"Now is the right time for our family to move on," company Vice President Gary Bortnick said.
Analysts said the company likely was overrun by the massive grocery chains that dominate the industry.
Magruder's has been family owned since its start in 1875, The Washington Post reported Monday. At its peak, it operated 10 stores. This week, the company said it had sold one location, leaving four others and those were also up for sale.
"There is just too much competition to try to take on the big-box stores, because they can kill you on prices and variety. Unless you happen to be in a very unique location, in order to survive I think these small stores are going to have to be specialized," said Geoff Brown, principal at accounting firm Bond Beebe.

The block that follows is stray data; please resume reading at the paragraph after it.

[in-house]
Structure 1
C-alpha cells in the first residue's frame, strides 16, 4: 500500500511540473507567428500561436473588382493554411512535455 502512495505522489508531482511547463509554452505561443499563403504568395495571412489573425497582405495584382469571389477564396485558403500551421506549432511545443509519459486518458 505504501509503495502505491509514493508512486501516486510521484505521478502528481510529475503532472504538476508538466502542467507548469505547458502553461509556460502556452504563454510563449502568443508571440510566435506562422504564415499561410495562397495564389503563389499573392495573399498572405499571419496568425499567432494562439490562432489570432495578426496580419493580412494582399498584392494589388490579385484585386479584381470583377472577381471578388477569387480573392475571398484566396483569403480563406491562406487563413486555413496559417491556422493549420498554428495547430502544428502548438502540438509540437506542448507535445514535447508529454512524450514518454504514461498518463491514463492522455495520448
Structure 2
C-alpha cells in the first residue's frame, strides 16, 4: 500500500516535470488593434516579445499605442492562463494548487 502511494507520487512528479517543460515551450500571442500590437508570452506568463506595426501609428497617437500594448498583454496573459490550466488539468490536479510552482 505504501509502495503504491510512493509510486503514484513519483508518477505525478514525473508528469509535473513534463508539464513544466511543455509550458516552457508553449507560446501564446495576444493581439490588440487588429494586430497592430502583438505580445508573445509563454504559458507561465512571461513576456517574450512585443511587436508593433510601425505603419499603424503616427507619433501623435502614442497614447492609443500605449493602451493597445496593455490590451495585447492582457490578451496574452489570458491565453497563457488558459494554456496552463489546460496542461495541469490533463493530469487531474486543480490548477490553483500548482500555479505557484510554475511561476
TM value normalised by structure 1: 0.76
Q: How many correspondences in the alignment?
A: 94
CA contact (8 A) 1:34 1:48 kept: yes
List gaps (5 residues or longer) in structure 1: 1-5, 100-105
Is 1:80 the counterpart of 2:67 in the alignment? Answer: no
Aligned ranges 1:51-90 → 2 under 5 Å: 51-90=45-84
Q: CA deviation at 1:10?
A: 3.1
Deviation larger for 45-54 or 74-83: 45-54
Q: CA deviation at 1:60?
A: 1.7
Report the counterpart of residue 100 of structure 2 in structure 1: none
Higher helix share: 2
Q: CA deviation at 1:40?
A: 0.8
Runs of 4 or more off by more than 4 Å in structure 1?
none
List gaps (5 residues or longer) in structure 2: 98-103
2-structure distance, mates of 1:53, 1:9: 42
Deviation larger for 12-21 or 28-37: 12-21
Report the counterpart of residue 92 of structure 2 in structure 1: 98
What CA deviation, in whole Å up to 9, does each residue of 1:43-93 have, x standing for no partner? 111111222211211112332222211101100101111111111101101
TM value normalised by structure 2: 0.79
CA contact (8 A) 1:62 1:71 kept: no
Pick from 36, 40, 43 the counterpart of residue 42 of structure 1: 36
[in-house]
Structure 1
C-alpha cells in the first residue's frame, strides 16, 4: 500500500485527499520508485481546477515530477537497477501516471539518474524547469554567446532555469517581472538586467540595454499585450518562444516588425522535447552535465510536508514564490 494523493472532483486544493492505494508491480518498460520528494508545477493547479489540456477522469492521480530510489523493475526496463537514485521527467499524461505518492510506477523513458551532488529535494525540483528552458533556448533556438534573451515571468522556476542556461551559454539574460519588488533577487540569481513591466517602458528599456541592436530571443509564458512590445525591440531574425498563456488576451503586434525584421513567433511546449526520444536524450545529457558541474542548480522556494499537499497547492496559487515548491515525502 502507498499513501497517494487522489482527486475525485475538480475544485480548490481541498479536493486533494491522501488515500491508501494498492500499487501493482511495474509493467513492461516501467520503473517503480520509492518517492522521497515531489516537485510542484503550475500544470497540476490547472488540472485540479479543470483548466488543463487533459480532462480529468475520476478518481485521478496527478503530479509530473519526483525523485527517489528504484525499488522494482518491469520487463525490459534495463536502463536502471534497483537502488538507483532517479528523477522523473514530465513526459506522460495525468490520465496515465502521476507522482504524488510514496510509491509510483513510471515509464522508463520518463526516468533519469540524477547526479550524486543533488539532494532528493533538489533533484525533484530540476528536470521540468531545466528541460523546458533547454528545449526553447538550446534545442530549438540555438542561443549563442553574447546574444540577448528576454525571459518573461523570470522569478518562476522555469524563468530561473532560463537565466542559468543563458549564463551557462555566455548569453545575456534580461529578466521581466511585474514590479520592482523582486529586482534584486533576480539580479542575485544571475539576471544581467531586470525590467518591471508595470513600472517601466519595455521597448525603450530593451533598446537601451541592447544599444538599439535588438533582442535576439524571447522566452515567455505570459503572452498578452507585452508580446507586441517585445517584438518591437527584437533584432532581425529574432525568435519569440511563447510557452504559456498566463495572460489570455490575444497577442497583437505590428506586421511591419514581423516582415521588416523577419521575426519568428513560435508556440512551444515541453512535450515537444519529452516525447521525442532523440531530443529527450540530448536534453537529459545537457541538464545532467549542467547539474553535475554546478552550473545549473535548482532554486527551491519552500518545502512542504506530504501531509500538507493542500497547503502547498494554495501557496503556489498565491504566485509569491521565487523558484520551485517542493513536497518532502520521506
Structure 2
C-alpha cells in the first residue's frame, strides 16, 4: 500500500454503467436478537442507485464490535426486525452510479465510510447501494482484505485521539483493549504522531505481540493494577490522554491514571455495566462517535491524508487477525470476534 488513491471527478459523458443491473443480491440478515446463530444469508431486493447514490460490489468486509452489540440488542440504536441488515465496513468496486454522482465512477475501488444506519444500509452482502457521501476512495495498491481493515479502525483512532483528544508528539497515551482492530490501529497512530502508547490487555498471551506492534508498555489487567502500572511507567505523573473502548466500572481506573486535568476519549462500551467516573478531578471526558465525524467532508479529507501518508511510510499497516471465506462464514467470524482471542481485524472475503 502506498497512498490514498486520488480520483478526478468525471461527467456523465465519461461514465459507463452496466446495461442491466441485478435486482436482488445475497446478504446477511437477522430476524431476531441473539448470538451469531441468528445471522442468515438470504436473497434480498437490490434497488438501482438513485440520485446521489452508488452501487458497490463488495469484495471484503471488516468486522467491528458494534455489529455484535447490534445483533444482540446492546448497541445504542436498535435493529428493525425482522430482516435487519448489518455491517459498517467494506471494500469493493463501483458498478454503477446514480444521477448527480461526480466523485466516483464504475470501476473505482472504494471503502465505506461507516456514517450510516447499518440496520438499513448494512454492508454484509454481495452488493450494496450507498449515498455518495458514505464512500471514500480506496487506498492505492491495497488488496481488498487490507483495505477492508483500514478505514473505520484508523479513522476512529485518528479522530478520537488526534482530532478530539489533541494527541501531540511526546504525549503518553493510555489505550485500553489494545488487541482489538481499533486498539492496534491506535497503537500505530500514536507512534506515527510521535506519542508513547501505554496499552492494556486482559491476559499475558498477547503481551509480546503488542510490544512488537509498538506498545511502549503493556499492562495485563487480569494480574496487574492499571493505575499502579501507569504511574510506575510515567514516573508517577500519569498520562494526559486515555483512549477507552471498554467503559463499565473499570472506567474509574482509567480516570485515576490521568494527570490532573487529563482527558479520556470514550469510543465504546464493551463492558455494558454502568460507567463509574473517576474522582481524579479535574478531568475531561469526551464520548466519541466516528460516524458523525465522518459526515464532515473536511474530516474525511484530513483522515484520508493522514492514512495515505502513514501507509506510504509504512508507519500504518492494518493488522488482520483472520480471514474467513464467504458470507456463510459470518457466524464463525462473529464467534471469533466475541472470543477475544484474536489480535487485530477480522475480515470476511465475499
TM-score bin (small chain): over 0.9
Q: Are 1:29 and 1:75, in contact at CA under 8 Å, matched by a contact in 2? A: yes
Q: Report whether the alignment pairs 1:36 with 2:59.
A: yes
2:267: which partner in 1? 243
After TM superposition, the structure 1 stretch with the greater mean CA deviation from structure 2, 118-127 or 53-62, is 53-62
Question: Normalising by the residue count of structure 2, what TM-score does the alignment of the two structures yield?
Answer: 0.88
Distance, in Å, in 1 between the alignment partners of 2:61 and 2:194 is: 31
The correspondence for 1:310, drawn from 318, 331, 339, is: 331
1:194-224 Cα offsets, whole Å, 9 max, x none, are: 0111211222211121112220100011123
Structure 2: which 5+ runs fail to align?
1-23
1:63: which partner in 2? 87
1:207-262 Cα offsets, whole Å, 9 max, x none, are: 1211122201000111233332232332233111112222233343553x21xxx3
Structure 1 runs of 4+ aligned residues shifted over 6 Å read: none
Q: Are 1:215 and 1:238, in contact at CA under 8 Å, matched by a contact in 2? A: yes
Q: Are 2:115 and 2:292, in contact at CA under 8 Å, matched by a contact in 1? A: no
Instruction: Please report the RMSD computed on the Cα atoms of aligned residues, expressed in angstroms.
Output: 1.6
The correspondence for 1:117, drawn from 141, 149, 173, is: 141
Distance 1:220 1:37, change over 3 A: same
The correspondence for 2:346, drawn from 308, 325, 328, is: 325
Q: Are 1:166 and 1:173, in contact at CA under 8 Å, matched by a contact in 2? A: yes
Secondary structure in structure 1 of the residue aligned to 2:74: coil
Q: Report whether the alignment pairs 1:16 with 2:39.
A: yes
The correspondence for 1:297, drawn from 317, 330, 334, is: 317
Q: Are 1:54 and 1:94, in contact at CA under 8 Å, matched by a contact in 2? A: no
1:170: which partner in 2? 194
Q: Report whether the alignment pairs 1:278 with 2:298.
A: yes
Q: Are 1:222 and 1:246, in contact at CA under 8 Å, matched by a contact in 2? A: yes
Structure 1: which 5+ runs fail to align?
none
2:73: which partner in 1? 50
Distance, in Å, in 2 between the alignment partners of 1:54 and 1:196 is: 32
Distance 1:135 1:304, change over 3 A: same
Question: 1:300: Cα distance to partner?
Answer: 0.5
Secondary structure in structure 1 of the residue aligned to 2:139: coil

Not only is it hard to compete with the purchasing power of chains like Wegmans, but even larger retailers, such as Walmart and Target are jumping into the grocery business.
Some of the smaller upstarts are hanging on. Scott Nash, the founder of Mom's Organic Market, now a chain of 10 stores, said his company was expanding because of its organic food niche and changing habits of shoppers.
"People seem to be making many more shopping visits, going one place for their favorite butcher ... then going somewhere else because they have the best produce," Nash said.
Nonetheless, others say it is tough for a mom-and-pop store to go toe-to-toe with a national chain.
"It's just an outdated model, and its time has come and gone," said Barry Scher, formerly a spokesman for Giant, referring to the family grocer.